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What Makes Great Programmers Different?

A recent meme running on programming sites across the Web is a generally humorous discussion of the attributes of bad programmers. If we put aside the humor — everyone has a war story here — in my experience, bad programmers fall into two main categories: the dim and the reckless. The dim ones generally have a small skill and are unaware of its limitations. They generally avoid deep technical conversations, but when they do speak, they often greatly overreach in the estimation of what they're capable of doing or what they know. Curiously, I regularly receive article manuscripts from these folks ("Want an article on building your own DBMS in less than 100 lines of JavaScript?") and it's difficult to respond courteously to the proposals, so I often beg off by simply citing that the pieces are not what we're looking for.

The other group, the reckless, consists of those who have the skills but don't have the discipline. They are the cowboy programmers of yore. They code according to their own desires, do nothing to integrate their work with that of others, scrimp on basic discipline, and cause work for other team members. Fortunately, this model is dying out (somewhat too slowly) as IT becomes aware that their cost is rarely ever offset by their benefits.

I guess you could add a third grouping of folks, the jerks, who wield their roles so poorly that they drag down the entire team. They often come from one of the other two previous groups, but have been given enough responsibility that they can make life miserable for others. The only solution when faced with them is to hope that they eventually are let go or to leave yourself.

The Good Guys

To happier topics: Good programmers are, I believe, the core of the profession. They are competent, desire the right outcomes, and strive to contribute to the team. They frequently have well-defined skills, a good understanding of development disciplines, and are open to new approaches as long as the material can be integrated with what they already know. They write solid code, although only occasionally does it show a truly imaginative solution. More commonly, when faced with a difficult problem, they will lapse into quick and dirty hacking. They block themselves from greatness by not having the curiosity or know-how at their command to be more than they are. That is, they refine their skills principally by continued application, not by learning new technologies — unless required to do so by job demands. Such programmers are at risk of slipping into the lower grouping by letting their skills atrophy. I discussed several examples of this in my previous editorial on coding from within the echo chamber.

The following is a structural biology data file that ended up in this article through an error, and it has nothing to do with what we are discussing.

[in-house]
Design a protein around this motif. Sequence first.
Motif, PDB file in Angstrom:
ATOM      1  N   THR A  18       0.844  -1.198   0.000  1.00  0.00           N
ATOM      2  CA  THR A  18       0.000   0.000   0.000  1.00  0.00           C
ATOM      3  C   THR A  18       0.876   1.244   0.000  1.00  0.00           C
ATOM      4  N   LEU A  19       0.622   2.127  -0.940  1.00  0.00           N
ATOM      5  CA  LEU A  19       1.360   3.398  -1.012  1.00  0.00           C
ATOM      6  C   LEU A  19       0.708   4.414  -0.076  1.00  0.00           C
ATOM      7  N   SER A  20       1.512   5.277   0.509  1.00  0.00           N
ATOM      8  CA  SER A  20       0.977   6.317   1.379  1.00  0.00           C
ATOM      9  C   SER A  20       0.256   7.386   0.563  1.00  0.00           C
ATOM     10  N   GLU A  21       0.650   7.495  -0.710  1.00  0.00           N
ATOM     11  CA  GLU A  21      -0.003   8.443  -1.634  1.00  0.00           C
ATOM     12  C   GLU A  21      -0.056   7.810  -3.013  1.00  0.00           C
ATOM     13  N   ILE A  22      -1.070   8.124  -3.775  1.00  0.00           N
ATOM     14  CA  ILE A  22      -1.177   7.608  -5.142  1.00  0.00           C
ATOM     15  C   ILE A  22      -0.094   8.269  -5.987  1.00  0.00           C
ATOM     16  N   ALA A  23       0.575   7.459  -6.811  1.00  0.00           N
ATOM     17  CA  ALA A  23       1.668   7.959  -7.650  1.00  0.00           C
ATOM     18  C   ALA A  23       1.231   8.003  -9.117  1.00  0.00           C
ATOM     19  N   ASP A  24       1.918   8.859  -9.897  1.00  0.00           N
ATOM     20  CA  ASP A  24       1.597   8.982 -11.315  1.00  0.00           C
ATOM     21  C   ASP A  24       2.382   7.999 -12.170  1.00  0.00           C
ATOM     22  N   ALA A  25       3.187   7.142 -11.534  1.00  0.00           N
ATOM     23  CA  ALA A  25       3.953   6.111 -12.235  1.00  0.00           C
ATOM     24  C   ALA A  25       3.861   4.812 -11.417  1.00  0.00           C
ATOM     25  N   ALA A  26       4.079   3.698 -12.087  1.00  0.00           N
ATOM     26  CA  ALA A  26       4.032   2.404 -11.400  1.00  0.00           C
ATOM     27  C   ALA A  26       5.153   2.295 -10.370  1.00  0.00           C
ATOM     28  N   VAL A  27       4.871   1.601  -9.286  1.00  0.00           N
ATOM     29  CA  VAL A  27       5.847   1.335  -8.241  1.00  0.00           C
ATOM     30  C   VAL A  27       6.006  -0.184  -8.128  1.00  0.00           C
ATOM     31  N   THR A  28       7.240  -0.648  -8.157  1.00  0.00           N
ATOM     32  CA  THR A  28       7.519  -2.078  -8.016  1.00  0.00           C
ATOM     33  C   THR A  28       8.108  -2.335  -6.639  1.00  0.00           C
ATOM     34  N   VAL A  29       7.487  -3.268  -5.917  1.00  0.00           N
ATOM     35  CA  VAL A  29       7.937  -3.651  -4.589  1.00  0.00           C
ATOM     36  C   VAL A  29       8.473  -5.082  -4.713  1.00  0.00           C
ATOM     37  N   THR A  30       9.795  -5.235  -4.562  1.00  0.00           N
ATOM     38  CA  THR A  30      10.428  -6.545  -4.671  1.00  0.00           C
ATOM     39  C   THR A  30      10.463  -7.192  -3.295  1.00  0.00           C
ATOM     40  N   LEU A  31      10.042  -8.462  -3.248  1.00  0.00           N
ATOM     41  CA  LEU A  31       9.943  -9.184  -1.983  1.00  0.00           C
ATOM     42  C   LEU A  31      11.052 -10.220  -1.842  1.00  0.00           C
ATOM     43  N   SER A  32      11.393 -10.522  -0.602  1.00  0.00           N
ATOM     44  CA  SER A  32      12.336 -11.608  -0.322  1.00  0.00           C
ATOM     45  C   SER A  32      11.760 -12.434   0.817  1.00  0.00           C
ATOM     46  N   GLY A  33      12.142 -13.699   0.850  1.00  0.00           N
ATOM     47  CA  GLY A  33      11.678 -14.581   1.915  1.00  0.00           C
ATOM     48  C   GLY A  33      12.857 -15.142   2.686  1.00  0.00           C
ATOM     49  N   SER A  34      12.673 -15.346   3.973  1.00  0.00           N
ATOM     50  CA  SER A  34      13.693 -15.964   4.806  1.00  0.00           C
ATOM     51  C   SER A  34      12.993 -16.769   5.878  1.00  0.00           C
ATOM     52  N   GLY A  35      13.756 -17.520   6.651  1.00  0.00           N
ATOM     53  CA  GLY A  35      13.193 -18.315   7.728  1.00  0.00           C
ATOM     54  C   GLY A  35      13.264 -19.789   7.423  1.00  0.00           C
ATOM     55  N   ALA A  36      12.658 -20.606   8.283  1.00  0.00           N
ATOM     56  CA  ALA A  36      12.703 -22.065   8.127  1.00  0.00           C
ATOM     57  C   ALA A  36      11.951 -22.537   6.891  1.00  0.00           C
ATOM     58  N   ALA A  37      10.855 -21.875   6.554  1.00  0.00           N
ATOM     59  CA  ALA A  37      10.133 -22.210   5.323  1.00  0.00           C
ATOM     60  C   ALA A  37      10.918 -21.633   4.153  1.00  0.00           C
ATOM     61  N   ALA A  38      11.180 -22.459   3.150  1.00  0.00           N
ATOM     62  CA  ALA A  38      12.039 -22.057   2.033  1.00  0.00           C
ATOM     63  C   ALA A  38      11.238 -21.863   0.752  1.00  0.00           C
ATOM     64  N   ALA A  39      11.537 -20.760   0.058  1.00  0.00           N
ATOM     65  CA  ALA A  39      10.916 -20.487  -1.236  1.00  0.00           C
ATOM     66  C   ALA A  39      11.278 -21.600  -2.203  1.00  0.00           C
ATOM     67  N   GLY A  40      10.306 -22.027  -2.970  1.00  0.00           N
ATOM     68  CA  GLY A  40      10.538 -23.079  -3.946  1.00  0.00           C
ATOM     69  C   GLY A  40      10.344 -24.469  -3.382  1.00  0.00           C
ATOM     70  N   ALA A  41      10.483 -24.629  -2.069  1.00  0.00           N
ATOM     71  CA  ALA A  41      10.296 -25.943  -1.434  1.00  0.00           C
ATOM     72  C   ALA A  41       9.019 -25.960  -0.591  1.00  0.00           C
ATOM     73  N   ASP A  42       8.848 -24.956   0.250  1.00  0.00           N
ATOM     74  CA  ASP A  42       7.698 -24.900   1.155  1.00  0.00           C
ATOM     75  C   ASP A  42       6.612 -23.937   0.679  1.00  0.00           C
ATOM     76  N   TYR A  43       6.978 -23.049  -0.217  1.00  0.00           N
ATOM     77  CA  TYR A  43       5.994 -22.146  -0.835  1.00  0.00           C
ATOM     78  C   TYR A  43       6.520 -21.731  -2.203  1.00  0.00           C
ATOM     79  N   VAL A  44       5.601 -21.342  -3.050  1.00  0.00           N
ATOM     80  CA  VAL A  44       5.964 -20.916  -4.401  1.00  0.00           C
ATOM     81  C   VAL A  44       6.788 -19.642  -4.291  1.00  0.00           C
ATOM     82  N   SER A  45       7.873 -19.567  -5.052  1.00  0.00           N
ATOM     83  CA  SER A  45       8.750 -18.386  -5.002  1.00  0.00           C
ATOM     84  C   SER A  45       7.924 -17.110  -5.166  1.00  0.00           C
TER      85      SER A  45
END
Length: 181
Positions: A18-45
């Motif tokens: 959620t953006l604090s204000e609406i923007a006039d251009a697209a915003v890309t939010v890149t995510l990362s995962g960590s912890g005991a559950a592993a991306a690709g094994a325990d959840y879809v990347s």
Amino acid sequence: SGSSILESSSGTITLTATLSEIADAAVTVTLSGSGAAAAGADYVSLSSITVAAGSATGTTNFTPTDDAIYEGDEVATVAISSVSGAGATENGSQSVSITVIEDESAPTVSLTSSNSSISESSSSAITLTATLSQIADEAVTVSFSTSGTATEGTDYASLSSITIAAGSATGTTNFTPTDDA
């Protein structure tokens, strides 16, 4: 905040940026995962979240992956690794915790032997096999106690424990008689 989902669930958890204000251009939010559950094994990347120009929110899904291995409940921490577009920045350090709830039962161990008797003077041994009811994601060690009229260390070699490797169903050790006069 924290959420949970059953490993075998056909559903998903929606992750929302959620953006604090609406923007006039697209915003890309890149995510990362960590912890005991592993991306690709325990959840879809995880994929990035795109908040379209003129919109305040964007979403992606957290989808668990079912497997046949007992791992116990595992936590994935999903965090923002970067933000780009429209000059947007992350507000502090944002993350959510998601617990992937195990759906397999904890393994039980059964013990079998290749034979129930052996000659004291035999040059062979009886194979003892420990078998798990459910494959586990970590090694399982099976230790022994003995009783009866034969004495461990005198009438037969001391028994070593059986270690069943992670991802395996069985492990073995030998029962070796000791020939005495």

Really good programmers have another dimension to them: They carry an abiding passion for programming. They like to solve challenging problems and they like to solve them well. They are not satisfied with writing one more CRUD app. They want the magical work that is hard and requires extended effort to bring to fruition. If they can't find this satisfaction in the workplace, they find it in personal projects or by contributing to open-source projects. They frequently test new technologies, try out new languages, explore new tools, and read about programming. Dr. Dobb's readers are found in great numbers in this group, I believe. Dr. Dobb's has no exclusive franchise here. These developers are interested, consume programming books, and hide out in developer forums as well. They revel in challenge and have a constant sense of searching. They're looking for the best answer to a problem, or the most elegant.

The Greats

The next tier up — the final tier — consists of great programmers who have supernormal gifts that enable them to do easily what good programmers find difficult. Due to my work in the press, I've met more than my share of these talents, although I've not had the opportunity to work with many of them. To my eye, the traits that most stand out are three in number: an excellent memory, a conspicuously wide knowledge of programming techniques and the judgment to know when to apply which, and a deep ability to relate details to the larger picture. The last trait — being capable of quickly shifting registers from the large picture to small details and back again — relies on the strong memory and operates on an almost automatic basis. There is an effortlessness to it, which makes them particularly good architects.

There's one discipline they all share as well, which appears only in varying degrees in the earlier levels: Without exception, they possess a very deep and intimate knowledge of their tools. Be it the editor, the compiler, or the framework, they know the ins and outs of its features and they navigate efficiently. They use a much wider array of features because they know exactly how the tools work.

Knowledge of tools, coupled with an extensive, tested palette of programming techniques, and the ability to remember large amounts of the code base, while relating low-level details to the whole with unconscious ease — these are the traits I see most often in great programmers. And they're the skills I continue to aspire to in my work.

— Andrew Binstock
Editor in Chief
[email protected]
Twitter: platypusguy

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